This morning we got a late start which we regretted as we slogged through San Francisco’s morning commute on 19 th Avenue.  Arriving at the Bolinas Lagoon around 10am we first stopped along Highway 1 at the harbor seal pull-out
    and observed the BAR-TAILED GODWIT at quite a distance across the lagoon.  We then moved to Dipsea Road, Stinson Beach, which is in the private Seadrift Community.  They are graciously allowing birders access.  The security guard at the kiosk will tell you
    where the bird is being seen.  Please be polite and thank them for allowing birders access.  We drove to 199 Dispea and parked across the street from the house.  The Bar-tailed Godwit was very close feeding amongst many Elegant Terns.  Wow what a beautiful
    bird!  Thanks to Peter Pyle for getting the news out.  Leonie Batkin Ron Thorn    
  16. -back to top-
  17. juvenile shorebird arrivals, and Baja seabird breeders LINK
    DATE: Jul 18, 2016 @ 1:03pm, 1 year(s) ago
    Two unrelated topics:
    
    Many birders pay close attention to the arrival dates of the first
    
    juvenile shorebirds of many species, although some species get less
    
    attention given that ageing them in the field may not always be so easy
    
    (e.g., Long-billed Curlew, Marbled Godwit) or somehow they otherwise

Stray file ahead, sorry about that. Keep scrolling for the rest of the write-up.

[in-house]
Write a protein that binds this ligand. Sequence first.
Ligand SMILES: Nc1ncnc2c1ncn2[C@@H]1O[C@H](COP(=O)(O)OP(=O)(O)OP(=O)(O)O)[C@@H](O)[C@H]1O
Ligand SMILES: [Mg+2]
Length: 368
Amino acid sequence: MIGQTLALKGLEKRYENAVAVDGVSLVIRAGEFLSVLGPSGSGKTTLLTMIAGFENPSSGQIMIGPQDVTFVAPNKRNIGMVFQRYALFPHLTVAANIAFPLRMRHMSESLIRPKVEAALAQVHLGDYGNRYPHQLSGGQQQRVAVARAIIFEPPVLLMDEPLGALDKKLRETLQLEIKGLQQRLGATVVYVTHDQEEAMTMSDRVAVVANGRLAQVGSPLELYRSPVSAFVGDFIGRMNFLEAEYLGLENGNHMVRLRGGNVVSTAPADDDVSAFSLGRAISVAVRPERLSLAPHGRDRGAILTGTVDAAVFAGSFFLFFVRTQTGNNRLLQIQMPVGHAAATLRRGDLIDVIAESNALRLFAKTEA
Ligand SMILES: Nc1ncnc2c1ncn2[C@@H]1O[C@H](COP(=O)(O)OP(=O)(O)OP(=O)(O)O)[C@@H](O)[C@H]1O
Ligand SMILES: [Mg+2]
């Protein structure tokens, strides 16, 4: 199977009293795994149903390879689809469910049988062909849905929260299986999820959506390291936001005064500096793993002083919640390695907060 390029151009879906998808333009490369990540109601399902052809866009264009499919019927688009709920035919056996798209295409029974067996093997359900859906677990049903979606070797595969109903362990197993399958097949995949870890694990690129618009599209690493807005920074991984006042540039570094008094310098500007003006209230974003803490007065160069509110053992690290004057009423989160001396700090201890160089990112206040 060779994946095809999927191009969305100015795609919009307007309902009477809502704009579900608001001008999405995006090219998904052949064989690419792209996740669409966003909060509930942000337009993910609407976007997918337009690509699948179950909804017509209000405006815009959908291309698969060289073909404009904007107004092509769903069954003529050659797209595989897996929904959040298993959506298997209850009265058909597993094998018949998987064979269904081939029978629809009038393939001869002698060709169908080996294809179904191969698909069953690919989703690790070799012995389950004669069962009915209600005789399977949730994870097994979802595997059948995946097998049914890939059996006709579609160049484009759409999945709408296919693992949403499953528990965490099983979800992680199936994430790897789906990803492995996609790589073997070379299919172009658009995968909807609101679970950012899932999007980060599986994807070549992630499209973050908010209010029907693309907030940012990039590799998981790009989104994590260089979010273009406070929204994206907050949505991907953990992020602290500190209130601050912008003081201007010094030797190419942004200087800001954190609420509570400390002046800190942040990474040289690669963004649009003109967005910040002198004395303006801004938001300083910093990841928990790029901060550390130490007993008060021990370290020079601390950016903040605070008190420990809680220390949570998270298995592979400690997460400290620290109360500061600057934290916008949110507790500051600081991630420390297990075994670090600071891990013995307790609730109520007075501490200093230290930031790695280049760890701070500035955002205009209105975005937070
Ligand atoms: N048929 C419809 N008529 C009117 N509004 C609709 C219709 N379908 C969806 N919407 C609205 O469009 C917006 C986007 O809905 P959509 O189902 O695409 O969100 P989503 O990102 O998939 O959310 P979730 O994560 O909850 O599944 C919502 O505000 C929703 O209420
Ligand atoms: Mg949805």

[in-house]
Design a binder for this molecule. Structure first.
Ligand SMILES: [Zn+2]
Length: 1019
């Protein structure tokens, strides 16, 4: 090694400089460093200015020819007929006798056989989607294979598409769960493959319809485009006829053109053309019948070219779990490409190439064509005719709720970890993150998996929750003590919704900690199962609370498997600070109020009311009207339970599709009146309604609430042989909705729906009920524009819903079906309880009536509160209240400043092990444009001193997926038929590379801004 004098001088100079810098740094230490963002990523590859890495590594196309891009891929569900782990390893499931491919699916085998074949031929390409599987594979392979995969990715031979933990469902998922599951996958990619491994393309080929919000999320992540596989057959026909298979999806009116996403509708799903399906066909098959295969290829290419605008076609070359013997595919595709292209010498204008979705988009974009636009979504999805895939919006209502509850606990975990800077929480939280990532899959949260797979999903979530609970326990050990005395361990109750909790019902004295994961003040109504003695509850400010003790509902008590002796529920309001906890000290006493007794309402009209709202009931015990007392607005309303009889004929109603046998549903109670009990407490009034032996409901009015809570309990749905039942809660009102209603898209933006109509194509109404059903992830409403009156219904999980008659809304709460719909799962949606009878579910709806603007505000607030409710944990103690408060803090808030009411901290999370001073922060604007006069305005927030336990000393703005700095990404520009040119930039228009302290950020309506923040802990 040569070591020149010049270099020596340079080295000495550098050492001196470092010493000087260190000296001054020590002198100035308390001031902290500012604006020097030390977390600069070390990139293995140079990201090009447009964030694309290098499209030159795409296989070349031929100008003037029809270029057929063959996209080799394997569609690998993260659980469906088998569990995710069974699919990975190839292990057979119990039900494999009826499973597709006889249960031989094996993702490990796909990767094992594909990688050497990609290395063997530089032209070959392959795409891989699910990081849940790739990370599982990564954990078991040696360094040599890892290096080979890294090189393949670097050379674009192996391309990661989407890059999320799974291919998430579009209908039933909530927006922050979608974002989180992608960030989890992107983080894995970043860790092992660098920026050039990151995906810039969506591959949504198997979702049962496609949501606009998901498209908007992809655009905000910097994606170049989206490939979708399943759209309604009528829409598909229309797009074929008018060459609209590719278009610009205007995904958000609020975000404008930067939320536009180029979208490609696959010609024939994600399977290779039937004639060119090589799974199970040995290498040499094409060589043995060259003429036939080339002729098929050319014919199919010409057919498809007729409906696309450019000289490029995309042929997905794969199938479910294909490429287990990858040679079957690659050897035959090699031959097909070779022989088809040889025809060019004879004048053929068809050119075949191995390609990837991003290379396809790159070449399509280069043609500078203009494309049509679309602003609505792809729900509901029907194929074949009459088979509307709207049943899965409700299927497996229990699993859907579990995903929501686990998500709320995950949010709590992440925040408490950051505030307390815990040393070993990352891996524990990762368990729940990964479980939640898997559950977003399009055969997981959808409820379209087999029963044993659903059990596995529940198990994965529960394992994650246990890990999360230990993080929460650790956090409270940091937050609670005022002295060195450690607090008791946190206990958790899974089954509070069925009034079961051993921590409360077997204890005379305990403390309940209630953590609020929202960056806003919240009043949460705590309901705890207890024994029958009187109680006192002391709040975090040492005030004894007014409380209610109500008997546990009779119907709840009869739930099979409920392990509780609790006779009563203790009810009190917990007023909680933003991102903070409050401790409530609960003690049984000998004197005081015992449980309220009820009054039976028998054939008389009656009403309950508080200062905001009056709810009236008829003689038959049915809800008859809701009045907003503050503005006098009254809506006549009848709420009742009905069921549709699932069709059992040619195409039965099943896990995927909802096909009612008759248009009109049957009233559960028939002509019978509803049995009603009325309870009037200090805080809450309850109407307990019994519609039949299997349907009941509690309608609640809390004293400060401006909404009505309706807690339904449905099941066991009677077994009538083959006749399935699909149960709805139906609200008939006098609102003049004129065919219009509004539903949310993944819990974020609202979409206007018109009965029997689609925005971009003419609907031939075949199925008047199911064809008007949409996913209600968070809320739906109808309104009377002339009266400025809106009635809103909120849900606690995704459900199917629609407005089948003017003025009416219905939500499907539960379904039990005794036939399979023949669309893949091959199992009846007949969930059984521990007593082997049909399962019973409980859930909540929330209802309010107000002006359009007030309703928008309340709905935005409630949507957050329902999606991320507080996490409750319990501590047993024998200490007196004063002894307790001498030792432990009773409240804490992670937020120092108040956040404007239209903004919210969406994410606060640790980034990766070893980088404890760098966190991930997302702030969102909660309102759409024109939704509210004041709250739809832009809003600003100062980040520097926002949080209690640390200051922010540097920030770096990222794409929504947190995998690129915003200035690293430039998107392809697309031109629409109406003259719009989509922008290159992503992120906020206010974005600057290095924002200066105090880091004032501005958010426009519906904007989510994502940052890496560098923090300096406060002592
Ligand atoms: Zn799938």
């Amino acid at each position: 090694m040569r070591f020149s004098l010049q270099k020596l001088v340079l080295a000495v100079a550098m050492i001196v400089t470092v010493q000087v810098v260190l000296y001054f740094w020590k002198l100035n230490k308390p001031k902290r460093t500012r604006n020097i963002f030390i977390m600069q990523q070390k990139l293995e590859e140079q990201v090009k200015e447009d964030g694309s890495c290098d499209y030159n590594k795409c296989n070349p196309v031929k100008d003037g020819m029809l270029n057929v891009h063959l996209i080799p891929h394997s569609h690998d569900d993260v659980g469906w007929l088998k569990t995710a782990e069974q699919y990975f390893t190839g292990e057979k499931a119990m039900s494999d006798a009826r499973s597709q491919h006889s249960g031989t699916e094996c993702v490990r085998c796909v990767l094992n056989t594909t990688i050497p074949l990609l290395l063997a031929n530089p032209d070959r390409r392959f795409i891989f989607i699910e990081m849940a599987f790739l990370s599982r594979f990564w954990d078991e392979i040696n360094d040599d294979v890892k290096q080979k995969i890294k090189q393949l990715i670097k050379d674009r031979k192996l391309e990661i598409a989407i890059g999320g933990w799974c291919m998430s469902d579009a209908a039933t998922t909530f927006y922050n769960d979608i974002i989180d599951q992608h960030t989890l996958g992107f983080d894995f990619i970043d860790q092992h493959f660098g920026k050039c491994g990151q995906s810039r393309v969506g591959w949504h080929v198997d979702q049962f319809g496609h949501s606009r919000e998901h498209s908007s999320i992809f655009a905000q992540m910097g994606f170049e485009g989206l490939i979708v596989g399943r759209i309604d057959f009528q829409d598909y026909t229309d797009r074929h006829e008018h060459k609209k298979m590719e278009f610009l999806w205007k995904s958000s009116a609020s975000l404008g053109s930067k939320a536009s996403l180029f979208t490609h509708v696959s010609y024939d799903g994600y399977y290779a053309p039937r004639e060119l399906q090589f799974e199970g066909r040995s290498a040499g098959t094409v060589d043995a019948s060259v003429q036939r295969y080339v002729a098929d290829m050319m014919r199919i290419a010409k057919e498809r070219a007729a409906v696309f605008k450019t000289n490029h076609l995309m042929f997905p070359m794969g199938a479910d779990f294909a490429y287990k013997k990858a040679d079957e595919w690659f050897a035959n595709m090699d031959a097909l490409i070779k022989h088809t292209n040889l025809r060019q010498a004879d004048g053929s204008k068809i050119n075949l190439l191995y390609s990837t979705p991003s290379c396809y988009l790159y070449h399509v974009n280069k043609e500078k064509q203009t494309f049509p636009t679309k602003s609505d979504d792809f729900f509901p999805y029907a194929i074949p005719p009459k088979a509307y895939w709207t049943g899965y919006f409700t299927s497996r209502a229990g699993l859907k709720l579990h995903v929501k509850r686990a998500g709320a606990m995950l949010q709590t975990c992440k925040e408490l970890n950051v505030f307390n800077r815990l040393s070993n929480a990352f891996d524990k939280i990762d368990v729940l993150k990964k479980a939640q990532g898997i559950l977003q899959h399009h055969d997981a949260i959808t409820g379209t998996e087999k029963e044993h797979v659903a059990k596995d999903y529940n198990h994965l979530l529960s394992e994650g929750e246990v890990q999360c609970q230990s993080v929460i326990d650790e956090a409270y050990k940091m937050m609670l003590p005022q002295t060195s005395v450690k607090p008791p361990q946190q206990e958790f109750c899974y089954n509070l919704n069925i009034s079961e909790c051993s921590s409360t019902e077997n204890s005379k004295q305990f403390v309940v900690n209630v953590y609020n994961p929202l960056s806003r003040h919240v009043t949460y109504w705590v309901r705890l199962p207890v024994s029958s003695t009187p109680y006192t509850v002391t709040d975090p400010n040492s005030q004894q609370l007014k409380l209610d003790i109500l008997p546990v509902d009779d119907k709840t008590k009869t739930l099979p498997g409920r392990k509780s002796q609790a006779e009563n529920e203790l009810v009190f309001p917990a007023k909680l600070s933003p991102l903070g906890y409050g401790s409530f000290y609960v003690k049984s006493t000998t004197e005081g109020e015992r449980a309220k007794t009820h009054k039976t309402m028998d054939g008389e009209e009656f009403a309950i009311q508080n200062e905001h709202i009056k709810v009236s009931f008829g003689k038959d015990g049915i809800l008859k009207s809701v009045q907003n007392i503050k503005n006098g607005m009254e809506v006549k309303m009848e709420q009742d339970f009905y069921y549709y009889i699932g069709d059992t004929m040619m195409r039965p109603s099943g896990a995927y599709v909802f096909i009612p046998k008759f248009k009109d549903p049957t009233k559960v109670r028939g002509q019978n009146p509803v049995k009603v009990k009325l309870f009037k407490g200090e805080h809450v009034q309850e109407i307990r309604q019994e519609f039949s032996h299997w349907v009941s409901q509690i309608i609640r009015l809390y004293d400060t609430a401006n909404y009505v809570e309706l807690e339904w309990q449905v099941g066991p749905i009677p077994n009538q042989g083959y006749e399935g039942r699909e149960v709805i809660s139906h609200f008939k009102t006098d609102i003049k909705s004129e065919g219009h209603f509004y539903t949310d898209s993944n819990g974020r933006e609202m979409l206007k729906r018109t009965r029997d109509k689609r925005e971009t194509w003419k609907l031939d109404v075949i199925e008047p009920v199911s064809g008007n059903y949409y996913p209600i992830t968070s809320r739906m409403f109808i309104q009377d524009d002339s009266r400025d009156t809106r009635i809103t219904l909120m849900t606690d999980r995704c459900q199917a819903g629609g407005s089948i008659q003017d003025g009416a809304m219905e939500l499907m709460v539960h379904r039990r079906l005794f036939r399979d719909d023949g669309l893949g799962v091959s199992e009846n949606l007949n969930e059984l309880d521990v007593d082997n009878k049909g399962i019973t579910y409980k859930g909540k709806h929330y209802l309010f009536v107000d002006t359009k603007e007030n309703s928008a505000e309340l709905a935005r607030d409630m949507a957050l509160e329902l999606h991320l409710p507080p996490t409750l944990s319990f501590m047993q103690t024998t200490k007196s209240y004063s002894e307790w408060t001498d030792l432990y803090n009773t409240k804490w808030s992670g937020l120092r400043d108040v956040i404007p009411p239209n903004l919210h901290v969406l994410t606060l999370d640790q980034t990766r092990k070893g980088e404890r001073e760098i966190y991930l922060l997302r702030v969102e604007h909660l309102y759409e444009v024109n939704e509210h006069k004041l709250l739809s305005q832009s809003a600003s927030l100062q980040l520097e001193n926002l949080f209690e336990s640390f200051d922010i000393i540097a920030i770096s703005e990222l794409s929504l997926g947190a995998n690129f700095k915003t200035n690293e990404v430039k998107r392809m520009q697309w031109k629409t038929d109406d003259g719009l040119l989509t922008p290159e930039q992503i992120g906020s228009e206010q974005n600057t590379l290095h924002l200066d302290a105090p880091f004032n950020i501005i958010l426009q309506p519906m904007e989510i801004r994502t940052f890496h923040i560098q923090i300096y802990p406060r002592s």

escape below the radar. Certainly the first juveniles of some of the
    
    southern (Great Plains and Intermontane West) breeders have started
    
    returning the past several days (e.g., Long-billed Curlew, Willet,
    
    Wilson's Phalarope), several taiga-breeders are likely soon to follow
    
    (e.g., several very slightly-early juvenile Least Sandpipers were
    
    reported here in San Diego yesterday), and the first
    
    taiga-tundra-breeders (e.g., Semipalmated and Western Sandpipers,
    
    Short-billed Dowitcher, Red-necked Phlarope) should be appearing within
    
    the next week or so. One species for which accurate juvenile arrival
    
    dates MIGHT not exist for many regions is Greater Yellowlegs, and I'd
    
    like to report what seems like an early arriving juv. Greater here in
    
    San Diego today, July 18. Seems that arrival dates for juv. Lessers are
    
    better known (first few days in August). The earliest arrival date of a
    
    juv. Greater that I know of in Santa Barbara County is also the first